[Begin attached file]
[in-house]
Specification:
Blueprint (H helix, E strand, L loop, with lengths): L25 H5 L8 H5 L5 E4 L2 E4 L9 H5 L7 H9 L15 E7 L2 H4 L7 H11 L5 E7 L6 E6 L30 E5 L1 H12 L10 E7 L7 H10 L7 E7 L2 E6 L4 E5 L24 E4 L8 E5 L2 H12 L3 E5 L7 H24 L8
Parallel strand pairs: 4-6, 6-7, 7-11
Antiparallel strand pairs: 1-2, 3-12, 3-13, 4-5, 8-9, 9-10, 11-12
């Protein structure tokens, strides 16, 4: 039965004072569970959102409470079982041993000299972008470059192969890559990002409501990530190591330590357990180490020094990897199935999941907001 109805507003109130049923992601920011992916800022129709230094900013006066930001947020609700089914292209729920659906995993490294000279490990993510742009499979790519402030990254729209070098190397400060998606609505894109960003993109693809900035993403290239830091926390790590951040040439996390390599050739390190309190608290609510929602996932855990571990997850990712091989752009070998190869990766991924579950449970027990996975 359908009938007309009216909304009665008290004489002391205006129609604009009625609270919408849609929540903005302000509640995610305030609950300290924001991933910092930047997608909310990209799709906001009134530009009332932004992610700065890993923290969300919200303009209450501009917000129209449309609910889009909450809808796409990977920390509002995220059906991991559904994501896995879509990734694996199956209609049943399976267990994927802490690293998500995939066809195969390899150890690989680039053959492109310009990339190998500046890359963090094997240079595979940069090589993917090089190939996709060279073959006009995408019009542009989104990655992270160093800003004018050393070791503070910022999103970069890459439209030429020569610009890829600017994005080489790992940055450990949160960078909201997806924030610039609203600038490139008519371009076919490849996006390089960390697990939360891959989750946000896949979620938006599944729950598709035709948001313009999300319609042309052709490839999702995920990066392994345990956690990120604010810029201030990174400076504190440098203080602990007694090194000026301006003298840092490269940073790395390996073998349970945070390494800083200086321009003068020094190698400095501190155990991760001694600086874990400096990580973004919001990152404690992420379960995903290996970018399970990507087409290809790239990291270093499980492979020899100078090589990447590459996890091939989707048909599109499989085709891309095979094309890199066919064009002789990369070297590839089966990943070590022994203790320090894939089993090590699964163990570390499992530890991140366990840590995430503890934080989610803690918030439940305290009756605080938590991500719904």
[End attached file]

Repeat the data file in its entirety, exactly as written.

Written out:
[in-house]
Specification:
Blueprint (H helix, E strand, L loop, with lengths): L25 H5 L8 H5 L5 E4 L2 E4 L9 H5 L7 H9 L15 E7 L2 H4 L7 H11 L5 E7 L6 E6 L30 E5 L1 H12 L10 E7 L7 H10 L7 E7 L2 E6 L4 E5 L24 E4 L8 E5 L2 H12 L3 E5 L7 H24 L8
Parallel strand pairs: 4-6, 6-7, 7-11
Antiparallel strand pairs: 1-2, 3-12, 3-13, 4-5, 8-9, 9-10, 11-12
């Protein structure tokens, strides 16, 4: 039965004072569970959102409470079982041993000299972008470059192969890559990002409501990530190591330590357990180490020094990897199935999941907001 109805507003109130049923992601920011992916800022129709230094900013006066930001947020609700089914292209729920659906995993490294000279490990993510742009499979790519402030990254729209070098190397400060998606609505894109960003993109693809900035993403290239830091926390790590951040040439996390390599050739390190309190608290609510929602996932855990571990997850990712091989752009070998190869990766991924579950449970027990996975 359908009938007309009216909304009665008290004489002391205006129609604009009625609270919408849609929540903005302000509640995610305030609950300290924001991933910092930047997608909310990209799709906001009134530009009332932004992610700065890993923290969300919200303009209450501009917000129209449309609910889009909450809808796409990977920390509002995220059906991991559904994501896995879509990734694996199956209609049943399976267990994927802490690293998500995939066809195969390899150890690989680039053959492109310009990339190998500046890359963090094997240079595979940069090589993917090089190939996709060279073959006009995408019009542009989104990655992270160093800003004018050393070791503070910022999103970069890459439209030429020569610009890829600017994005080489790992940055450990949160960078909201997806924030610039609203600038490139008519371009076919490849996006390089960390697990939360891959989750946000896949979620938006599944729950598709035709948001313009999300319609042309052709490839999702995920990066392994345990956690990120604010810029201030990174400076504190440098203080602990007694090194000026301006003298840092490269940073790395390996073998349970945070390494800083200086321009003068020094190698400095501190155990991760001694600086874990400096990580973004919001990152404690992420379960995903290996970018399970990507087409290809790239990291270093499980492979020899100078090589990447590459996890091939989707048909599109499989085709891309095979094309890199066919064009002789990369070297590839089966990943070590022994203790320090894939089993090590699964163990570390499992530890991140366990840590995430503890934080989610803690918030439940305290009756605080938590991500719904």